In components ( with respect to a right-handed orthonormal basis), if the three vectors are thought of as rows (or columns, but in the same order), the scalar triple product is simply the determinant of the 3-by-3 matrix having the three vectors as rows. The scalar triple product is linear in all three entries and anti-symmetric in the following sense: In algebra, a determinant is a function depending on n that associates a scalar, det(A), to every nÃ—n square matrix A. The fundamental geometric meaning of a determinant is as the scale factor for volume when A is regarded as a linear transformation. ... In mathematics, a matrix (plural matrices) is a rectangular table of elements (or entries), which may be numbers or, more generally, any abstract quantities that can be added and multiplied. ... $(mathbf{a} mathbf{b} mathbf{c})$ $=(mathbf{c} mathbf{a} mathbf{b})$ $=(mathbf{b} mathbf{c} mathbf{a})$ $=-(mathbf{a} mathbf{c} mathbf{b})$ $=-(mathbf{b} mathbf{a} mathbf{c})$ $=-(mathbf{c} mathbf{b} mathbf{a})$

## Vector components

A component of a vector is the influence of that vector in a given direction.  Components are themselves vectors. Image File history File links Size of this preview: 619 Ã— 599 pixelsFull resolution (1314 Ã— 1272 pixel, file size: 57 KB, MIME type: image/png) Made by myself with matlab. ... Image File history File links Size of this preview: 619 Ã— 599 pixelsFull resolution (1314 Ã— 1272 pixel, file size: 57 KB, MIME type: image/png) Made by myself with matlab. ...

A vector is often described by a fixed number of components that sum up into this vector uniquely and totally. When used in this role, the choice of their constituting directions is dependent upon the particular coordinate system being used, such as Cartesian coordinates, spherical coordinates or polar coordinates. For example, axial component of a vector is such its component whose direction is determined by one of the Cartesian coordinate axes, whereas radial and tangential components relate to the radius of rotation of an object as their direction of reference. The former is parallel to the radius and the latter is orthogonal to it.  Both remain orthogonal to the axis of rotation at all times. (In two dimensions this requirement becomes redundant as the axis degenerates to a point of rotation.) The choice of a coordinate system doesn't affect properties of a vector or its behaviour under transformations. Cartesian means relating to the French mathematician and philosopher Descartes, who, among other things, worked to merge algebra and Euclidean geometry. ... This article describes some of the common coordinate systems that appear in elementary mathematics. ... This article describes some of the common coordinate systems that appear in elementary mathematics. ... A coordinate axis is one of a set of vectors that defines a coordinate system. ... Illustration of tangential and normal components of a vector to a surface. ... This article is about an authentication, authorization, and accounting protocol. ... This article is about rotation as a movement of a physical body. ... Parallel is a term in geometry and in everyday life that refers to a property in Euclidean space of two or more lines or planes, or a combination of these. ... Fig. ... Dimension (from Latin measured out) is, in essence, the number of degrees of freedom available for movement in a space. ... In mathematics, a degenerate case is a limiting case in which a class of object changes its nature so as to belong to another, usually simpler, class. ...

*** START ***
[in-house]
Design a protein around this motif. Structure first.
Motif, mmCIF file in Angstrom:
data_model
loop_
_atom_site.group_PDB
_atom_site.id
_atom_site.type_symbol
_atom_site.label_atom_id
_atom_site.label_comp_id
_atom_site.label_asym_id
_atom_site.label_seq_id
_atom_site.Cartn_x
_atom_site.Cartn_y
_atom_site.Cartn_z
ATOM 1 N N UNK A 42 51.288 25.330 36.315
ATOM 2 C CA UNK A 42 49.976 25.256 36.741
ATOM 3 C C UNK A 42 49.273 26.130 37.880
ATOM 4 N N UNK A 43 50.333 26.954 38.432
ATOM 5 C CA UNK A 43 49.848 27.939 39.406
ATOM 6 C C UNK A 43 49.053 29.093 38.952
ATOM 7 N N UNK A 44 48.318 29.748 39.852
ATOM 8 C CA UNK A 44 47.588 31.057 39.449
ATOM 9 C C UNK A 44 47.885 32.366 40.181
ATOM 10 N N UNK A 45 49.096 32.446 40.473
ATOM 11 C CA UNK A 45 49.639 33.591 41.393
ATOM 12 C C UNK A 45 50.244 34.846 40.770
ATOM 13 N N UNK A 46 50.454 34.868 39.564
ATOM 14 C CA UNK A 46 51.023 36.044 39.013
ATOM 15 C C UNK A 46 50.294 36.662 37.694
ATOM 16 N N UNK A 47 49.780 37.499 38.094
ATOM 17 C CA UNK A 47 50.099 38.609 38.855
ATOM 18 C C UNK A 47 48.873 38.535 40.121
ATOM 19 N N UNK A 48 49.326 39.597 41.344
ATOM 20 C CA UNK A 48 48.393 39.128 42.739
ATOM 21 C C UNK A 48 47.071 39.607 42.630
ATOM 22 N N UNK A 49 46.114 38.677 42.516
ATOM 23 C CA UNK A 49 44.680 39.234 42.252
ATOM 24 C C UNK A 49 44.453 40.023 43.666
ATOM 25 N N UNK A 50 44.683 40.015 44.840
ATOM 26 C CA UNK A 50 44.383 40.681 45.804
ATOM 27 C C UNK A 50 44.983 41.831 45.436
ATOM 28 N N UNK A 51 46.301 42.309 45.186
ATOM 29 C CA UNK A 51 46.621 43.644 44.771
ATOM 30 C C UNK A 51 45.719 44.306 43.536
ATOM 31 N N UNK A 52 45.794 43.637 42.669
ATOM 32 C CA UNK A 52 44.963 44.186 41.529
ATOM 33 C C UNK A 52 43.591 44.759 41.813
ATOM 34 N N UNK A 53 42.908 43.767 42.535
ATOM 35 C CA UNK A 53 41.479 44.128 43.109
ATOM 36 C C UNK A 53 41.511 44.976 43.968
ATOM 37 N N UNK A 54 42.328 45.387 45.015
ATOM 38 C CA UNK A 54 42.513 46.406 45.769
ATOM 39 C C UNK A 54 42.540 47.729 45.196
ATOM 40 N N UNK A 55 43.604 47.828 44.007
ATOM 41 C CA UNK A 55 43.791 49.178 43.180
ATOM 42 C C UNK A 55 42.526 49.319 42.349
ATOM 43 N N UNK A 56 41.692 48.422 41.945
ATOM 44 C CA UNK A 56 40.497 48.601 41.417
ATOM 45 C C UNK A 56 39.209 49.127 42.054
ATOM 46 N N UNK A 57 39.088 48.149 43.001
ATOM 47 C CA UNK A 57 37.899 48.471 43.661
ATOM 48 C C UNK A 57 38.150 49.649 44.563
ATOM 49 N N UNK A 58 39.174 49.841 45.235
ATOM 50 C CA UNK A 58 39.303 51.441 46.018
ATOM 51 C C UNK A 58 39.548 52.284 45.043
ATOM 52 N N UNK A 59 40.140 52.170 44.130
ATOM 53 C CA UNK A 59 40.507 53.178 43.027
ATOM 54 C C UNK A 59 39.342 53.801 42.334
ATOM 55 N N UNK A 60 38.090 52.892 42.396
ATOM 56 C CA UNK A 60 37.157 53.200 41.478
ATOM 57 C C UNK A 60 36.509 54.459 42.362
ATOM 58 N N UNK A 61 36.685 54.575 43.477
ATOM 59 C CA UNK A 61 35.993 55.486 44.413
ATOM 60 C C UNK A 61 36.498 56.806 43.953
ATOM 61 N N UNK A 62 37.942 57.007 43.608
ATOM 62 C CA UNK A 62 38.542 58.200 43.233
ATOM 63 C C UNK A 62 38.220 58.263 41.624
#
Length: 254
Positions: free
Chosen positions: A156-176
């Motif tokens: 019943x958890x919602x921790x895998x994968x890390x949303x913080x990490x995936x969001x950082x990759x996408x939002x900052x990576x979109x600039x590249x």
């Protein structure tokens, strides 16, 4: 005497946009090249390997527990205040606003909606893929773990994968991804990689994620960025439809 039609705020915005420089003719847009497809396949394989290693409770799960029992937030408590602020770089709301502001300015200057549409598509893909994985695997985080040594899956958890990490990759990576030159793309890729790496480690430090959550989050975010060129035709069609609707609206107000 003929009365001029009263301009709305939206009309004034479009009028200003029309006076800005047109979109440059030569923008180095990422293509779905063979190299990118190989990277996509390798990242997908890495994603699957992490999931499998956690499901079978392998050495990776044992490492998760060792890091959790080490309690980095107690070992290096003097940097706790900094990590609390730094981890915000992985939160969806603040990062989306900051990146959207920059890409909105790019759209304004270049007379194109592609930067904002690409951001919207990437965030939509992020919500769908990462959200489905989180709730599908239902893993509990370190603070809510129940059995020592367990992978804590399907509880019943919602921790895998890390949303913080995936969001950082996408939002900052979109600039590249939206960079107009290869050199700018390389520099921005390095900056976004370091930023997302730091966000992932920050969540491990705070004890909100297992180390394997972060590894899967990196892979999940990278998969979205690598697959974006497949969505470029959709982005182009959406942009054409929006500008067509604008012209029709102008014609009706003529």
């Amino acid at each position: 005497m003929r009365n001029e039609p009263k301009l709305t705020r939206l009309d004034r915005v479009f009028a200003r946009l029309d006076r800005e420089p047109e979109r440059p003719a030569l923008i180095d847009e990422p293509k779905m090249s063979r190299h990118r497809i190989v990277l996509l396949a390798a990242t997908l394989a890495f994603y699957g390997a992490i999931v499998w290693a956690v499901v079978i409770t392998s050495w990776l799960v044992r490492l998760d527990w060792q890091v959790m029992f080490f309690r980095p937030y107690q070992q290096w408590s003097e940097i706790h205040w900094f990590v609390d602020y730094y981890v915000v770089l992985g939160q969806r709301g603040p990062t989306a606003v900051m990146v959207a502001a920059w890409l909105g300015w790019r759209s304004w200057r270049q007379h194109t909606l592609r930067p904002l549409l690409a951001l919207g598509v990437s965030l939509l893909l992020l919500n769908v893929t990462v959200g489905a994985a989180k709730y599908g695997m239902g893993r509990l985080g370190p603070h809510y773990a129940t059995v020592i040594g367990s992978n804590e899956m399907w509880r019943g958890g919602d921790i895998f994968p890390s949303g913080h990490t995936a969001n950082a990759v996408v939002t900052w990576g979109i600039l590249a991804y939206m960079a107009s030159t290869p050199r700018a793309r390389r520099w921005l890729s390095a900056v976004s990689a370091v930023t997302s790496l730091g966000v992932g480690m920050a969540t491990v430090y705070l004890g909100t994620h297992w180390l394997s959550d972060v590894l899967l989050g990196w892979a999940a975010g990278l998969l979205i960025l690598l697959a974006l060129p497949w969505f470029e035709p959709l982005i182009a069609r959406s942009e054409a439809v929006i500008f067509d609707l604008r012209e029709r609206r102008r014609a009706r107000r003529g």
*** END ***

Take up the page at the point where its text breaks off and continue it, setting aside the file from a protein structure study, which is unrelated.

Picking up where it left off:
## Vectors as directional derivatives

A vector may also be defined as a directional derivative: consider a function f(xα) and a curve xα(σ). Then the directional derivative of f is a scalar defined as In mathematics, the directional derivative of a multivariate differentiable function along a given vector V at a given point P intuitively represents the instantaneous rate of change of the function, moving through P, in the direction of V. It therefore generalizes the notion of a partial derivative, in which the... Graph of example function, The mathematical concept of a function expresses the intuitive idea of deterministic dependence between two quantities, one of which is viewed as primary (the independent variable, argument of the function, or its input) and the other as secondary (the value of the function, or output). A... $frac{df}{dsigma} = frac{dx^alpha}{dsigma}frac{partial f}{partial x^alpha}.$

where the index α is summed over the appropriate number of dimensions (e.g. from 1 to 3 in 3-dimensional Euclidian space, from 0 to 3 in 4-dimensional spacetime, etc.). Then consider a vector tangent to xα(σ): For other topics related to Einstein see Einstein (disambig) In mathematics, especially in applications of linear algebra to physics, the Einstein notation or Einstein summation convention is a notational convention useful when dealing with coordinate equations or formulas. ... $t^alpha = frac{dx^alpha}{dsigma}.$

We can rewrite the directional derivative in differential form (without a given function f) as $frac{d}{dsigma} = t^alphafrac{partial}{partial x^alpha}.$

Therefore any directional derivative can be identified with a corresponding vector, and any vector can be identified with a corresponding directional derivative. We can therefore define a vector precisely: $mathbf{a} equiv a^alpha frac{partial}{partial x^alpha}.$ Results from FactBites:

 Vector (spatial) - Wikipedia, the free encyclopedia (2834 words) A spatial vector is a special case of a tensor and is also analogous to a four-vector in relativity (and is sometimes therefore called a three-vector in reference to the three spatial dimensions, although this term also has another meaning for p-vectors of differential geometry). Vectors can be contrasted with scalar quantities such as distance, speed, energy, time, temperature, charge, power, work, and mass, which have magnitude, but no direction (they are invariant under coordinate rotations). The length or magnitude or norm of the vector a is denoted by